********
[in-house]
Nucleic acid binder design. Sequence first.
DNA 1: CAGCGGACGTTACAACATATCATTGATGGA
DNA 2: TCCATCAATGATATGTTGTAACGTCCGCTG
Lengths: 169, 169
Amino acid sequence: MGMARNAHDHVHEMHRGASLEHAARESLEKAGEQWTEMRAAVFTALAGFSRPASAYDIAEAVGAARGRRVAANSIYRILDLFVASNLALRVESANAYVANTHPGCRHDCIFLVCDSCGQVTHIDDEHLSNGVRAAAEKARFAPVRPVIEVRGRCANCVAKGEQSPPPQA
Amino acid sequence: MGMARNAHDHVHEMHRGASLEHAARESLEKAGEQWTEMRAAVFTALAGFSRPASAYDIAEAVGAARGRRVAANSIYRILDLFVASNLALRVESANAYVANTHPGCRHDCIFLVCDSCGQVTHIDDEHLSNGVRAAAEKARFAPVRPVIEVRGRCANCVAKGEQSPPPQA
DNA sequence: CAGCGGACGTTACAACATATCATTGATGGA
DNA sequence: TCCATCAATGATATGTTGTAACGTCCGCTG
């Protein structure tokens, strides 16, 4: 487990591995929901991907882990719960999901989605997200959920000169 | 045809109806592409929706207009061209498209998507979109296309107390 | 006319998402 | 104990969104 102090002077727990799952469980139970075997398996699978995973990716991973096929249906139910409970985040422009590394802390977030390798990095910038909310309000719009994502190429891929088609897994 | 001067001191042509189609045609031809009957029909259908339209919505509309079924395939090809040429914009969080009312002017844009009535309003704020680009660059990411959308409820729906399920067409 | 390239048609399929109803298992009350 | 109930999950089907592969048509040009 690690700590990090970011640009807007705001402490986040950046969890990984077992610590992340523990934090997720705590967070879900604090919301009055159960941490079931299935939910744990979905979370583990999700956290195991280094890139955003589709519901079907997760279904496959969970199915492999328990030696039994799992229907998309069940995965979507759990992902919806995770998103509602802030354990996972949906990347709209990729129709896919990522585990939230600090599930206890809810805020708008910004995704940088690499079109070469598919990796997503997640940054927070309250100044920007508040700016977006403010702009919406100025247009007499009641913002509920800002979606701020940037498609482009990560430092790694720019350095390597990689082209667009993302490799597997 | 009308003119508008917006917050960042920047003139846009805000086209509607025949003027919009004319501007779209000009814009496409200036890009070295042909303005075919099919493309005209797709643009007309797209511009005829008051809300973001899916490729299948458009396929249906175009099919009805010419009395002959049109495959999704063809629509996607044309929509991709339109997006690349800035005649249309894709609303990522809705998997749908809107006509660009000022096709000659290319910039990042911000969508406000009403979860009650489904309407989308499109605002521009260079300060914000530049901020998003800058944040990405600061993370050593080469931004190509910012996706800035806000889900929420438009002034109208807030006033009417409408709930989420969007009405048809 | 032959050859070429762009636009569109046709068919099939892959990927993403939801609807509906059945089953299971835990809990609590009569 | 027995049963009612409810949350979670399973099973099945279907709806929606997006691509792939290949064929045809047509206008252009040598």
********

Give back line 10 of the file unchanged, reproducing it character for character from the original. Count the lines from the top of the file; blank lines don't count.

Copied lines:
């Protein structure tokens, strides 16, 4: 487990591995929901991907882990719960999901989605997200959920000169 | 045809109806592409929706207009061209498209998507979109296309107390 | 006319998402 | 104990969104 102090002077727990799952469980139970075997398996699978995973990716991973096929249906139910409970985040422009590394802390977030390798990095910038909310309000719009994502190429891929088609897994 | 001067001191042509189609045609031809009957029909259908339209919505509309079924395939090809040429914009969080009312002017844009009535309003704020680009660059990411959308409820729906399920067409 | 390239048609399929109803298992009350 | 109930999950089907592969048509040009 690690700590990090970011640009807007705001402490986040950046969890990984077992610590992340523990934090997720705590967070879900604090919301009055159960941490079931299935939910744990979905979370583990999700956290195991280094890139955003589709519901079907997760279904496959969970199915492999328990030696039994799992229907998309069940995965979507759990992902919806995770998103509602802030354990996972949906990347709209990729129709896919990522585990939230600090599930206890809810805020708008910004995704940088690499079109070469598919990796997503997640940054927070309250100044920007508040700016977006403010702009919406100025247009007499009641913002509920800002979606701020940037498609482009990560430092790694720019350095390597990689082209667009993302490799597997 | 009308003119508008917006917050960042920047003139846009805000086209509607025949003027919009004319501007779209000009814009496409200036890009070295042909303005075919099919493309005209797709643009007309797209511009005829008051809300973001899916490729299948458009396929249906175009099919009805010419009395002959049109495959999704063809629509996607044309929509991709339109997006690349800035005649249309894709609303990522809705998997749908809107006509660009000022096709000659290319910039990042911000969508406000009403979860009650489904309407989308499109605002521009260079300060914000530049901020998003800058944040990405600061993370050593080469931004190509910012996706800035806000889900929420438009002034109208807030006033009417409408709930989420969007009405048809 | 032959050859070429762009636009569109046709068919099939892959990927993403939801609807509906059945089953299971835990809990609590009569 | 027995049963009612409810949350979670399973099973099945279907709806929606997006691509792939290949064929045809047509206008252009040598």